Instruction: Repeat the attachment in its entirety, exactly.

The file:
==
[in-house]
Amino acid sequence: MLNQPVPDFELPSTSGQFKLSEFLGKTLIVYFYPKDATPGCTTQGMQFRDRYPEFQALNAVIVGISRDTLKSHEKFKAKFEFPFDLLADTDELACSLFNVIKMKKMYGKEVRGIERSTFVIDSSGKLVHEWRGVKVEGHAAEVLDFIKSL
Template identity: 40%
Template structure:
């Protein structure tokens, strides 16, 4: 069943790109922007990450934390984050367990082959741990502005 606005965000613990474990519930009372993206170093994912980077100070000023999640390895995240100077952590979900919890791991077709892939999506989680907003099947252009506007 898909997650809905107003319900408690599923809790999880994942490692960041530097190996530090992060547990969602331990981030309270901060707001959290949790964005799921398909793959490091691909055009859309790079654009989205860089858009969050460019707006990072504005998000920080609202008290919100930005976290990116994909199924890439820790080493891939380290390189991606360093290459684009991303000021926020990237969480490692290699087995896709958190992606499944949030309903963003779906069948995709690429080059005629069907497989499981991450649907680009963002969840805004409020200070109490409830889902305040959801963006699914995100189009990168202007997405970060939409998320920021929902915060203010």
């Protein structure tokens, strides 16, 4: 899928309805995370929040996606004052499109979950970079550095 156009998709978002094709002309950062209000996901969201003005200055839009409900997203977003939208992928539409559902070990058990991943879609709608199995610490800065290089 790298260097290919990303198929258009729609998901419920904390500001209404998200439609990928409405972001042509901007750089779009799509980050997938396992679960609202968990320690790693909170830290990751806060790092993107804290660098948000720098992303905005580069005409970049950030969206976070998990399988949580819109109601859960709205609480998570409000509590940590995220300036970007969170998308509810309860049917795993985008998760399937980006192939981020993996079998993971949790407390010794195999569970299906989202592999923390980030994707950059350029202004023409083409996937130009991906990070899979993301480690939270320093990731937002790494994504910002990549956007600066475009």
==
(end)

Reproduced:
[in-house]
Amino acid sequence: MLNQPVPDFELPSTSGQFKLSEFLGKTLIVYFYPKDATPGCTTQGMQFRDRYPEFQALNAVIVGISRDTLKSHEKFKAKFEFPFDLLADTDELACSLFNVIKMKKMYGKEVRGIERSTFVIDSSGKLVHEWRGVKVEGHAAEVLDFIKSL
Template identity: 40%
Template structure:
């Protein structure tokens, strides 16, 4: 069943790109922007990450934390984050367990082959741990502005 606005965000613990474990519930009372993206170093994912980077100070000023999640390895995240100077952590979900919890791991077709892939999506989680907003099947252009506007 898909997650809905107003319900408690599923809790999880994942490692960041530097190996530090992060547990969602331990981030309270901060707001959290949790964005799921398909793959490091691909055009859309790079654009989205860089858009969050460019707006990072504005998000920080609202008290919100930005976290990116994909199924890439820790080493891939380290390189991606360093290459684009991303000021926020990237969480490692290699087995896709958190992606499944949030309903963003779906069948995709690429080059005629069907497989499981991450649907680009963002969840805004409020200070109490409830889902305040959801963006699914995100189009990168202007997405970060939409998320920021929902915060203010």
């Protein structure tokens, strides 16, 4: 899928309805995370929040996606004052499109979950970079550095 156009998709978002094709002309950062209000996901969201003005200055839009409900997203977003939208992928539409559902070990058990991943879609709608199995610490800065290089 790298260097290919990303198929258009729609998901419920904390500001209404998200439609990928409405972001042509901007750089779009799509980050997938396992679960609202968990320690790693909170830290990751806060790092993107804290660098948000720098992303905005580069005409970049950030969206976070998990399988949580819109109601859960709205609480998570409000509590940590995220300036970007969170998308509810309860049917795993985008998760399937980006192939981020993996079998993971949790407390010794195999569970299906989202592999923390980030994707950059350029202004023409083409996937130009991906990070899979993301480690939270320093990731937002790494994504910002990549956007600066475009």